Having a nanny who can drive means entertaining trips to the park.

Hiring a Nanny to Drive Kids to Activities

by Candace Webb

Having your nanny drive the children to and from activities will free you up for work or other obligations. When the nanny is safe and professional in her driving duties, it can be a win-win situation. Decisions about driving responsibilities, such as whose vehicle is used and safety plans, should be made before the nanny begins driving responsibilities.

Vehicle Decisions

The best vehicle decision is to have the nanny use a vehicle you own to transport your children, rather than have her use her own car. You have no control over the mechanical soundness of the nanny's car, nor will it be easy to be certain she maintains proper insurance coverage. In addition, she will either need to have her car equipped with car seats, or be able to move the ones from your vehicle back and forth as needed. Providing transportation for her to use allows you to be sure maintenance, such as brake and tire changes, is regularly performed. It also reduces the chance of improperly installed car seats, as you install them yourself and they remain in place. Finally, you will know insurance always covers the car, because it will be your insurance policy involved. You need to tell your insurance company the nanny is transporting your children so the company can add her as an additional driver to your policy.

Motor Vehicle Records

You should run a driving record check on any nanny you consider hiring for the position. Your insurance company can get a copy of her driving record if she provides you with her name, driver's license number and birth date. If she is going to use her own car, ask her to give you a copy of her driving record for the past three years. Also checking her record every six months ensures she does not keep you from finding out that she has piled-up traffic violations.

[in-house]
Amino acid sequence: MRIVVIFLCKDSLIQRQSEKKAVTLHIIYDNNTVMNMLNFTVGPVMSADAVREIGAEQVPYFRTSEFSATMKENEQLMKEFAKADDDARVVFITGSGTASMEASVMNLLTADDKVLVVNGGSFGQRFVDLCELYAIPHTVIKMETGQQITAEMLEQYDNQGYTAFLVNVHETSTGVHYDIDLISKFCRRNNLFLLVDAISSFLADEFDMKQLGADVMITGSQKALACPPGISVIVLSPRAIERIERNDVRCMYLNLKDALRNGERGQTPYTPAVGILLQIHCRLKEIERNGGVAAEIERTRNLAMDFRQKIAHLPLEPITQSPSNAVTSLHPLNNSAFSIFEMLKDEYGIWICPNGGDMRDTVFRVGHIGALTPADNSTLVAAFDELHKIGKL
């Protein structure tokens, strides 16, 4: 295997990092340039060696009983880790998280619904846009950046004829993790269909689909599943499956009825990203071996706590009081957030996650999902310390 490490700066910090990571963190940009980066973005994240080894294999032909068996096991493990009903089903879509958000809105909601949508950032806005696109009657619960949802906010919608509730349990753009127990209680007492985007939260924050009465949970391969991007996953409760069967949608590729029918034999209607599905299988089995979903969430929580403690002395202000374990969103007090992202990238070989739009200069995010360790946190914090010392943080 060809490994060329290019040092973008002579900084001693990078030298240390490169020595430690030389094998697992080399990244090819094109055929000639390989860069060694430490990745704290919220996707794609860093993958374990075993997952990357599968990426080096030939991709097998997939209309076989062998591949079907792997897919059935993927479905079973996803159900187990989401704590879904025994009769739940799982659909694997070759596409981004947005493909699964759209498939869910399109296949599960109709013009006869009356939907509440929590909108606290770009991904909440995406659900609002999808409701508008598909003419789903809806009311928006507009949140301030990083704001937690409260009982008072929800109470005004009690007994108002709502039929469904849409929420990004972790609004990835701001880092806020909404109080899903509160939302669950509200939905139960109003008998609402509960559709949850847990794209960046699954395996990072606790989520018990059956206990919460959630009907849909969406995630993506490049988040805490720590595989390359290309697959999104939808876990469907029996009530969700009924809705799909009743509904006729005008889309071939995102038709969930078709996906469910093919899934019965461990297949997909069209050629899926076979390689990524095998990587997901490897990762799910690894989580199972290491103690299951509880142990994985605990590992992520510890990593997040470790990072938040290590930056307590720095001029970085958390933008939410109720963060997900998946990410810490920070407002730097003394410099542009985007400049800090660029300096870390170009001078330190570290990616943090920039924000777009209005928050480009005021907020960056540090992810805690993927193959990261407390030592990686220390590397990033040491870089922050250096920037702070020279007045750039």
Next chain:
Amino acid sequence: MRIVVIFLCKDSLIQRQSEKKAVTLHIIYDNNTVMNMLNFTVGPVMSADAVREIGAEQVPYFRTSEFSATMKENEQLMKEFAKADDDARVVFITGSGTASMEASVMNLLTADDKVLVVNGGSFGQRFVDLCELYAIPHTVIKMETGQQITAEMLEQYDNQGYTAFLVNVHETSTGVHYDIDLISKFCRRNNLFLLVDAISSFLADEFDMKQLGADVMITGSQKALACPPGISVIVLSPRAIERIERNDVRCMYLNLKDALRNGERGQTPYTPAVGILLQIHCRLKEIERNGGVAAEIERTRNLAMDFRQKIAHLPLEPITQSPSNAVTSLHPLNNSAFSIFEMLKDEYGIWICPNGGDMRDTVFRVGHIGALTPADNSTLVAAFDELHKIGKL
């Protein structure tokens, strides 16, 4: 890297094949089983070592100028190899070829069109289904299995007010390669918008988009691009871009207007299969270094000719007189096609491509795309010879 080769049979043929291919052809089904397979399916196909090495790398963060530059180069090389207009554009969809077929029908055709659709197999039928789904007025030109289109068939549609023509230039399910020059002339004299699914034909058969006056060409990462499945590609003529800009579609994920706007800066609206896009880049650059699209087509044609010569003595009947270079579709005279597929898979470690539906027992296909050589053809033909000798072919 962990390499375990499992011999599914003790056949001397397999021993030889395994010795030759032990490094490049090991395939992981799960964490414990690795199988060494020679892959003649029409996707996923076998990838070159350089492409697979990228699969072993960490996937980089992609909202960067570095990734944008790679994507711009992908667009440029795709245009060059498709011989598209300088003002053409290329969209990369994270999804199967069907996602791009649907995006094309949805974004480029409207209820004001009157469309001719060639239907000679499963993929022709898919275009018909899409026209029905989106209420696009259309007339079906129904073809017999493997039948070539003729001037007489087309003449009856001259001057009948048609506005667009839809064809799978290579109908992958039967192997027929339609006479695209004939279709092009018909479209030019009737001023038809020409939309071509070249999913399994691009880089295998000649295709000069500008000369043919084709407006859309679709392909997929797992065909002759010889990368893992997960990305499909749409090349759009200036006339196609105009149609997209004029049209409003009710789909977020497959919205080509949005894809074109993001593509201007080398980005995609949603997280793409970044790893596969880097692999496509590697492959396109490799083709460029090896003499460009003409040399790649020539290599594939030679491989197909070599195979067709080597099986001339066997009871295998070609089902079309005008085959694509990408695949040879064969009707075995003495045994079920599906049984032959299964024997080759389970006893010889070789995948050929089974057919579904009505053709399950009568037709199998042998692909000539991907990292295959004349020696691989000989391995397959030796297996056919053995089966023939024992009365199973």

Cash and Responsibilities

A small petty cash fund for her use will help her do her job effectively. Cash for toll booths and fuel should be at her disposal. In addition, write up a contract that makes the nanny responsible for any deductible if she gets into an accident with your car. All traffic and parking tickets should be her responsibility. Agreements about mileage should also be made before she starts driving your children to activities. Obviously, she may need to stop at a store or run other errands for you while she is out with the children in the car, but setting a weekly mileage cap will reduce unnecessary driving on her part. Make sure she understands that she is not to have the vehicle in motion until everyone in the car is wearing a seat belt or properly secured in a car seat.

Outside of the Driving

Several additional steps should be taken before hiring a nanny to drive your children to activities. A criminal background check is essential before offering her the job. Ask her for a copy of her drivers license to be sure she has given you her true legal name. Have her spend time with the children in your presence to see how she gets along with them. Ask her questions about how she disciplines. Use specific role-playing scenarios to see how she handles them.

About the Author

Candace Webb has been writing professionally since 1989. She has worked as a full-time journalist as well as contributed to metropolitan newspapers including the "Tennessean." She has also worked on staff as an associate editor at the "Nashville Parent" magazine. Webb holds a Bachelor of Arts in journalism with a minor in business from San Jose State University.

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